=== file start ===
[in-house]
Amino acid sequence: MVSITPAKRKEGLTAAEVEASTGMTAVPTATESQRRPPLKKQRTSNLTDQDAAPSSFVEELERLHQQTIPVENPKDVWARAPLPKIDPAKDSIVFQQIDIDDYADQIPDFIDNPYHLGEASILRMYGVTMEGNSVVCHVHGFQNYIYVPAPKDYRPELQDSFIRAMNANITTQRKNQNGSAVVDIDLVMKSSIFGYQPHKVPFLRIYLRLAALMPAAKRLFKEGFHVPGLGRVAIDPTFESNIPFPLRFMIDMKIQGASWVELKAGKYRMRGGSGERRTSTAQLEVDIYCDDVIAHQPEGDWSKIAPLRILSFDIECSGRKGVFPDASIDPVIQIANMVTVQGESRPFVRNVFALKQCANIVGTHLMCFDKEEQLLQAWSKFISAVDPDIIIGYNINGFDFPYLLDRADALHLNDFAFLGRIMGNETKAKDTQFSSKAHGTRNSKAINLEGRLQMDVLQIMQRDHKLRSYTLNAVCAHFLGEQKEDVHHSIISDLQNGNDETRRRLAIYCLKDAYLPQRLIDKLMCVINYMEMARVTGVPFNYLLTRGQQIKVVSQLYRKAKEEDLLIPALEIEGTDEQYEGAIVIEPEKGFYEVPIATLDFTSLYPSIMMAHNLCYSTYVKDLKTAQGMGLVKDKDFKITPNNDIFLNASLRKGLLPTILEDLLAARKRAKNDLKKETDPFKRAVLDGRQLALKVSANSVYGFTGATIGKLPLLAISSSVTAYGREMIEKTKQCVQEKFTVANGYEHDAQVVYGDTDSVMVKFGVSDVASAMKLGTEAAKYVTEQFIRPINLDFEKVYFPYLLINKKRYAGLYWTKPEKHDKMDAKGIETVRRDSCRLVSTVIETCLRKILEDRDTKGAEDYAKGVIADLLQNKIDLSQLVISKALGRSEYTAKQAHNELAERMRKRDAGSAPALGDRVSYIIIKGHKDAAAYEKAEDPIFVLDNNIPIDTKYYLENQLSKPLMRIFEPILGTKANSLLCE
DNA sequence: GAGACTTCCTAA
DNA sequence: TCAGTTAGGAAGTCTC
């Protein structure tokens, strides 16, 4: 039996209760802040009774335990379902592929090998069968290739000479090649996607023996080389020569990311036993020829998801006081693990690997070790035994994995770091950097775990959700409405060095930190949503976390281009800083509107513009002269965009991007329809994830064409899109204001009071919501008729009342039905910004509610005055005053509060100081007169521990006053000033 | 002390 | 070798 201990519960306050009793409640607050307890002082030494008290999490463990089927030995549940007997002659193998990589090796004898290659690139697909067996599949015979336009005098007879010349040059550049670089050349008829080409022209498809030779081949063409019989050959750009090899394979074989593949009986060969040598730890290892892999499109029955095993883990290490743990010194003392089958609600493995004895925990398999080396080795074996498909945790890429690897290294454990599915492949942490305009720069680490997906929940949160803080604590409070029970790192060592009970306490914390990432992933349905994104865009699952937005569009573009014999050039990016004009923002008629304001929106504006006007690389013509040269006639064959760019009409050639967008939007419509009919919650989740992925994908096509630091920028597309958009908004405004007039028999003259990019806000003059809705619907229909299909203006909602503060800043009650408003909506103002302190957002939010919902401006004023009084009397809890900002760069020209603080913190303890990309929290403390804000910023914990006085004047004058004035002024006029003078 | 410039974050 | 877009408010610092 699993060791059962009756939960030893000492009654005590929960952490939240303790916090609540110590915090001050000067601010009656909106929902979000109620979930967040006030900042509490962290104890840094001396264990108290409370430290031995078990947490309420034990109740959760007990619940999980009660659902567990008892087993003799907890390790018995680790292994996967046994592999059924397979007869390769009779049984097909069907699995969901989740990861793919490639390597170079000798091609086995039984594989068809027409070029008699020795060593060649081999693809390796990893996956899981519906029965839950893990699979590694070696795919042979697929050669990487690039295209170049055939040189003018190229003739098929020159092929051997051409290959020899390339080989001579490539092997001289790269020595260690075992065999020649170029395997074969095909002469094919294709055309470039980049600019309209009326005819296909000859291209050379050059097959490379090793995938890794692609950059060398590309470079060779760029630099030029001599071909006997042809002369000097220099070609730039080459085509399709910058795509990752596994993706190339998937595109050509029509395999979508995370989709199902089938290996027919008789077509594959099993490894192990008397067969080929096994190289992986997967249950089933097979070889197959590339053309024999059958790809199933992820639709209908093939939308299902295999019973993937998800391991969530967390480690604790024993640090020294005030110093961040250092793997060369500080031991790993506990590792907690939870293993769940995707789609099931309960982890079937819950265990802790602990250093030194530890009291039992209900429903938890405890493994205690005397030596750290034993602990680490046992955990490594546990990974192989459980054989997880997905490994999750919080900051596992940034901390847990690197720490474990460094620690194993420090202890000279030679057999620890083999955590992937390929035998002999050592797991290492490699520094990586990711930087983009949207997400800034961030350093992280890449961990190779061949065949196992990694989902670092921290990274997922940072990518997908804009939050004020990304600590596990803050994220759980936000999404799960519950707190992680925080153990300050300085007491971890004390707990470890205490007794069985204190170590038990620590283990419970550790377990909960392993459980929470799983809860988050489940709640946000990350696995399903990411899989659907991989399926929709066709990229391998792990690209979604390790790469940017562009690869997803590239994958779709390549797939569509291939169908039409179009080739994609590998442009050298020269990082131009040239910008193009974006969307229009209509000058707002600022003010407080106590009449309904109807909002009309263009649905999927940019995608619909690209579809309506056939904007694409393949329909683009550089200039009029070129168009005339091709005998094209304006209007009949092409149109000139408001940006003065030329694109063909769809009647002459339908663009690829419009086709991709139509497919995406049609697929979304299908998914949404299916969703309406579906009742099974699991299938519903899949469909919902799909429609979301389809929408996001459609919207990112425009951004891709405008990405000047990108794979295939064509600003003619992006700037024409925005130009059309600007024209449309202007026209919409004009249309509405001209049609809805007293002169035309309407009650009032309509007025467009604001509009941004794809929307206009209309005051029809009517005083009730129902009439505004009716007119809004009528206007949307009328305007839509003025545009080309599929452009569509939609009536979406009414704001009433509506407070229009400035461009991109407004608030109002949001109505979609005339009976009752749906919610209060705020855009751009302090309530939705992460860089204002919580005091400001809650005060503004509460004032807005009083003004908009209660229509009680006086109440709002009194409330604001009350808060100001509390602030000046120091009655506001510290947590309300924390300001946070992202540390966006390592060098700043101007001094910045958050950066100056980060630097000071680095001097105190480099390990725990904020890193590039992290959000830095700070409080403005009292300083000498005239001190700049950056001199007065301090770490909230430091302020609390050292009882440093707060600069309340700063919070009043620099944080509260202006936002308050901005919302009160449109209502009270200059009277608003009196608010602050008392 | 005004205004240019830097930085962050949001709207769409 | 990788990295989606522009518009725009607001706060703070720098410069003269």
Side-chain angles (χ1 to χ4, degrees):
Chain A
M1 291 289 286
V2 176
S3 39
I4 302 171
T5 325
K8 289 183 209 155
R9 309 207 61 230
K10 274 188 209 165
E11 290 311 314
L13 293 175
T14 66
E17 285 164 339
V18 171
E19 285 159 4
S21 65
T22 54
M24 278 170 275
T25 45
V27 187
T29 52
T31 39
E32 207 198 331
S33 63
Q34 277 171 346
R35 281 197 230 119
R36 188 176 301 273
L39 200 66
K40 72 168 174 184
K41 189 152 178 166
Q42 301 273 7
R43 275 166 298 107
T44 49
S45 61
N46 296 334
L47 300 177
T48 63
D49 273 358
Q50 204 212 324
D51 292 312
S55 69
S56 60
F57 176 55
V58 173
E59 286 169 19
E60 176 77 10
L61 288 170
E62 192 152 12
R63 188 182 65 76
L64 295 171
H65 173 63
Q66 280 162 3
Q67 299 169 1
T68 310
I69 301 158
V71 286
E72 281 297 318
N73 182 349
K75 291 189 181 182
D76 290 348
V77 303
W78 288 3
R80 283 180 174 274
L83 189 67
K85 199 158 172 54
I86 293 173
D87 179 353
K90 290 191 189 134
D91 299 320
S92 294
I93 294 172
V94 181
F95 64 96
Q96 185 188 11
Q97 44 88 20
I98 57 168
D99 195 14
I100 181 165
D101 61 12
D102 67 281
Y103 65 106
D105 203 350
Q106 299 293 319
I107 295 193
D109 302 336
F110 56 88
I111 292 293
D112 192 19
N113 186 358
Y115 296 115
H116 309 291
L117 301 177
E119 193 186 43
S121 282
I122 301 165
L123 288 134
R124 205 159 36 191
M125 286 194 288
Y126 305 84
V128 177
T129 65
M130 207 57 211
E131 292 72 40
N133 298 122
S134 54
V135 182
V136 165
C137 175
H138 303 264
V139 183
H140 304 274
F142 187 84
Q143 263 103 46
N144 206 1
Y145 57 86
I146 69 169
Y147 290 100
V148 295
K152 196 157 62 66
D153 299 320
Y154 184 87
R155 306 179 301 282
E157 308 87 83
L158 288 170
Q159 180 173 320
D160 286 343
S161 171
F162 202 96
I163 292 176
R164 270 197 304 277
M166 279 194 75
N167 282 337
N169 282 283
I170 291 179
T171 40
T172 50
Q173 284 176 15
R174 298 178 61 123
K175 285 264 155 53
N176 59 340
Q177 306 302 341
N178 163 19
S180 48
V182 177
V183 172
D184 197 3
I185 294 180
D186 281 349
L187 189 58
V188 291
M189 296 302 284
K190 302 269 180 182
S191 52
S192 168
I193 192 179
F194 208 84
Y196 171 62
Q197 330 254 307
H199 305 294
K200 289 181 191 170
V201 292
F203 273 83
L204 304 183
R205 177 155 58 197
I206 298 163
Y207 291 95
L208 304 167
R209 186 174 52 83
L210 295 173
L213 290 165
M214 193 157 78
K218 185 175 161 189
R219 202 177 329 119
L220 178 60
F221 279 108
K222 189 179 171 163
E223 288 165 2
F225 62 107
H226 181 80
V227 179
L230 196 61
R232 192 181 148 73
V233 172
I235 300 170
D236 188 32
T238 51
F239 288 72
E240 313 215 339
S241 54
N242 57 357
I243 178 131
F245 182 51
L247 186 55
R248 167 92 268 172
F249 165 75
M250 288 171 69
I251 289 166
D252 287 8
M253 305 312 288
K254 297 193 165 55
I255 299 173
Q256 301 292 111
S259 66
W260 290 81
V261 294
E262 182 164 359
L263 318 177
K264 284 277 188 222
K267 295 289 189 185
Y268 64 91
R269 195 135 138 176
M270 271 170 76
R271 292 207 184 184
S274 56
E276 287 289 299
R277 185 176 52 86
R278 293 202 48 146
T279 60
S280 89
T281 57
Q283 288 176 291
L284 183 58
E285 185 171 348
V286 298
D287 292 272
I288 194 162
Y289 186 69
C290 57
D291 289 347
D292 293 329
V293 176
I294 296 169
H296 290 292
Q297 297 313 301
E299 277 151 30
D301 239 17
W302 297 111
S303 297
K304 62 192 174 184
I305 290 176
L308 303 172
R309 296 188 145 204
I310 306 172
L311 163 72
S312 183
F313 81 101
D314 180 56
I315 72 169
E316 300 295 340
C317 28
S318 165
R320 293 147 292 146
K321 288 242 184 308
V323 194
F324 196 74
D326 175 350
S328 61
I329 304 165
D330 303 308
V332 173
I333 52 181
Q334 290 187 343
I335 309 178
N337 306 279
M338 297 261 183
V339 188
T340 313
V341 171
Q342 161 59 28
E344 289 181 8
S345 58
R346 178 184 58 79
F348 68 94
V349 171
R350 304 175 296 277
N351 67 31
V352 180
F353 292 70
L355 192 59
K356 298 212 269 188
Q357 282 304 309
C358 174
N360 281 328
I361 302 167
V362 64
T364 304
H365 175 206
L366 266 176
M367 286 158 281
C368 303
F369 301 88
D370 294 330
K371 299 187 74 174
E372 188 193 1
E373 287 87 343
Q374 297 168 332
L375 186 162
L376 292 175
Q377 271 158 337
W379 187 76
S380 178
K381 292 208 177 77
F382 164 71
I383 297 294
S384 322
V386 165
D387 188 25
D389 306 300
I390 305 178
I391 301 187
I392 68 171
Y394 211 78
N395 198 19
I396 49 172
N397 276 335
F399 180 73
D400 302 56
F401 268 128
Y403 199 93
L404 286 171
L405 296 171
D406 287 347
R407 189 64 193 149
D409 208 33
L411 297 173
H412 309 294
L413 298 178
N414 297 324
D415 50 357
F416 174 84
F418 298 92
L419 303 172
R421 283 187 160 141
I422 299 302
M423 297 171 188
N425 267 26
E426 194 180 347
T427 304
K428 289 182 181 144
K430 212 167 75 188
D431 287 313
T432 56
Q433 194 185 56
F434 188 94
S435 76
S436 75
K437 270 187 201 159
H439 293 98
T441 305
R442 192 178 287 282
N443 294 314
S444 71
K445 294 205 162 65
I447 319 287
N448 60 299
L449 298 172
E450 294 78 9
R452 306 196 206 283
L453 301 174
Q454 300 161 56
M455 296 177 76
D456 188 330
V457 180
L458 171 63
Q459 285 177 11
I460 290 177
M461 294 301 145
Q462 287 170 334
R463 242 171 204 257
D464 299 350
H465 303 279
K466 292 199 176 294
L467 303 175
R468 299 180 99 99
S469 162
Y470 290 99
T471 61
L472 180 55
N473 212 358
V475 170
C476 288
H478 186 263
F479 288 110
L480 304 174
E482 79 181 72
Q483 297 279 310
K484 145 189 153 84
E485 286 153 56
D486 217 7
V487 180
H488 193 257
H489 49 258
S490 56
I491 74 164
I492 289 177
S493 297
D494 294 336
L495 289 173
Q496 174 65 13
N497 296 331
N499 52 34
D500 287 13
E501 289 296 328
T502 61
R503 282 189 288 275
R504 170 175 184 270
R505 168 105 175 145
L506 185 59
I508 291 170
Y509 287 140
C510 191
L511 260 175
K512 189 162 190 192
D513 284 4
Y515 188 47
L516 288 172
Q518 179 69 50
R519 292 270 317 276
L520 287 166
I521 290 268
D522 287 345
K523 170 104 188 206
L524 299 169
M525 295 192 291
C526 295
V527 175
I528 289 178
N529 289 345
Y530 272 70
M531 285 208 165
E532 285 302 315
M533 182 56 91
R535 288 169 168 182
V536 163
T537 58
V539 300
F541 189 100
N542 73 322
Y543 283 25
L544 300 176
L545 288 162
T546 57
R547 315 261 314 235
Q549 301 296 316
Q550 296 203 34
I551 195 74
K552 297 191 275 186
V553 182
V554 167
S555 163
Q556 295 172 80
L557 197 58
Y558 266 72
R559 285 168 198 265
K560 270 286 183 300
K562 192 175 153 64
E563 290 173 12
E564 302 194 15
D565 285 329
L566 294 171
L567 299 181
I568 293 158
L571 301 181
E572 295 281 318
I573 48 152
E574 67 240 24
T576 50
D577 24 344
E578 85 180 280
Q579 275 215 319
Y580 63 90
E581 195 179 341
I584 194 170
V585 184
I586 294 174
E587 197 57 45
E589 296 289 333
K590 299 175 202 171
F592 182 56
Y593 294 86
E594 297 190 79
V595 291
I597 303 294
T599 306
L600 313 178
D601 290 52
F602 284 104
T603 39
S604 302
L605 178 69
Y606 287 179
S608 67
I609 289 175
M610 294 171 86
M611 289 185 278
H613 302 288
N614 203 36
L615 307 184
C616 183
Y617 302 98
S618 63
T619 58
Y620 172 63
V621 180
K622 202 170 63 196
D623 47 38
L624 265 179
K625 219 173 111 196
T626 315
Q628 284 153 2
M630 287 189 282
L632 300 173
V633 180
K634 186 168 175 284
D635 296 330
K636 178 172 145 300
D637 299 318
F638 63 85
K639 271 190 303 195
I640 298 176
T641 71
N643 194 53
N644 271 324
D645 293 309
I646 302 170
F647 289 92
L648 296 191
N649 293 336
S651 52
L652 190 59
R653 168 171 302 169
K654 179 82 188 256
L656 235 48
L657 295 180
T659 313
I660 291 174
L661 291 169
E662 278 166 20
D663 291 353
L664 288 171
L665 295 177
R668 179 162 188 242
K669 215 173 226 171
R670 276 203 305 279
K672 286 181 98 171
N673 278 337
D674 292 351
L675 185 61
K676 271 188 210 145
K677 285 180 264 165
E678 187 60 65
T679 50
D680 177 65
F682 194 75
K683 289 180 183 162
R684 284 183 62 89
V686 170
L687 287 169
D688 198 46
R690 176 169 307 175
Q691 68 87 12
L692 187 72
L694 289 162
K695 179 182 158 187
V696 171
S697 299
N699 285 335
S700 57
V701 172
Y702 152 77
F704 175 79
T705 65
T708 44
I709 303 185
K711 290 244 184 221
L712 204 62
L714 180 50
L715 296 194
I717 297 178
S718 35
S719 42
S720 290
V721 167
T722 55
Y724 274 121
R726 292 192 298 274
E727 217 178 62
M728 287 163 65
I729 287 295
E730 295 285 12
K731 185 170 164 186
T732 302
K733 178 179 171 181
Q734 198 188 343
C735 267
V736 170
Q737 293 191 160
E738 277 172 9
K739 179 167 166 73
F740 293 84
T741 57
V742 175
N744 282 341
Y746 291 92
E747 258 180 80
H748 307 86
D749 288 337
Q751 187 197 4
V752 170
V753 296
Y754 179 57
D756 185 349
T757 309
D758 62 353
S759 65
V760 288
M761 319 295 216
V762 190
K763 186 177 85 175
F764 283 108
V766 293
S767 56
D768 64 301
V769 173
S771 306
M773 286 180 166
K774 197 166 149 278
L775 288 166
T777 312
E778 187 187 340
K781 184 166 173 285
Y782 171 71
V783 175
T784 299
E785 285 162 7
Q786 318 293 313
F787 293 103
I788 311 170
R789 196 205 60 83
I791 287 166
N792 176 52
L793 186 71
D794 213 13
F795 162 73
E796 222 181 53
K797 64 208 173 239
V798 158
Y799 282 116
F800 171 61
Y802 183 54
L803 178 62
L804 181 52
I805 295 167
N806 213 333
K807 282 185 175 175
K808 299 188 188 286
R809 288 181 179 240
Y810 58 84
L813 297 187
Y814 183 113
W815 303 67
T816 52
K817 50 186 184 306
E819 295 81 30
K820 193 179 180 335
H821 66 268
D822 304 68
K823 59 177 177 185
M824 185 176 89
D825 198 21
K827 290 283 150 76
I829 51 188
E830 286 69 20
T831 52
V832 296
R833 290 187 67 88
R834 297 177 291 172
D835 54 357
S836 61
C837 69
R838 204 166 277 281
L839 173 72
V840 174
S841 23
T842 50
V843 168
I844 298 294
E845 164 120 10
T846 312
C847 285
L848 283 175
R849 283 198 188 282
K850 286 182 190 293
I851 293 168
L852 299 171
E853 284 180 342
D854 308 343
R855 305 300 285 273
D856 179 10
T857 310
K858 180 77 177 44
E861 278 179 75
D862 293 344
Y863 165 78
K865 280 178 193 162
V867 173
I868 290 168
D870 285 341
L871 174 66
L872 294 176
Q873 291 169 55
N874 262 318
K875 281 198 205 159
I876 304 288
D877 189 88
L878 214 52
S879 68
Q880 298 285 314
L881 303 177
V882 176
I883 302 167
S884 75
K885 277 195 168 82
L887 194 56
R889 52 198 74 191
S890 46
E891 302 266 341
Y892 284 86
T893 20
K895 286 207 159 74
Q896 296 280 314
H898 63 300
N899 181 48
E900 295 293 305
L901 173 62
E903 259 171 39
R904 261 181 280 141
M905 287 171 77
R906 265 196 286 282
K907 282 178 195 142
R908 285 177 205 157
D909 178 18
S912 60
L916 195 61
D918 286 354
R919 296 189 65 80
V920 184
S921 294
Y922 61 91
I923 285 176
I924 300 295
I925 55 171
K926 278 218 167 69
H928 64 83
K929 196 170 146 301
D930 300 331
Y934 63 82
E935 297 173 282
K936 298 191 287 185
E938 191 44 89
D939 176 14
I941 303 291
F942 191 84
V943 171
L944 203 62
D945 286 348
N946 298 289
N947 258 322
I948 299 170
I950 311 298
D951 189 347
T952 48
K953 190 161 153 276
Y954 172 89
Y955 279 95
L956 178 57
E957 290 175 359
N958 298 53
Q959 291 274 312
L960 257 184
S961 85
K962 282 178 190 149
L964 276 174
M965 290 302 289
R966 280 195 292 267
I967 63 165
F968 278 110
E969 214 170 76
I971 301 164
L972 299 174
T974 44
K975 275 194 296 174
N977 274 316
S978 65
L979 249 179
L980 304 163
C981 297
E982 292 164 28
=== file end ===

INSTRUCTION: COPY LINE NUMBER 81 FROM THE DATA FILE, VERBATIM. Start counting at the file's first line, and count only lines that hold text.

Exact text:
Q97 44 88 20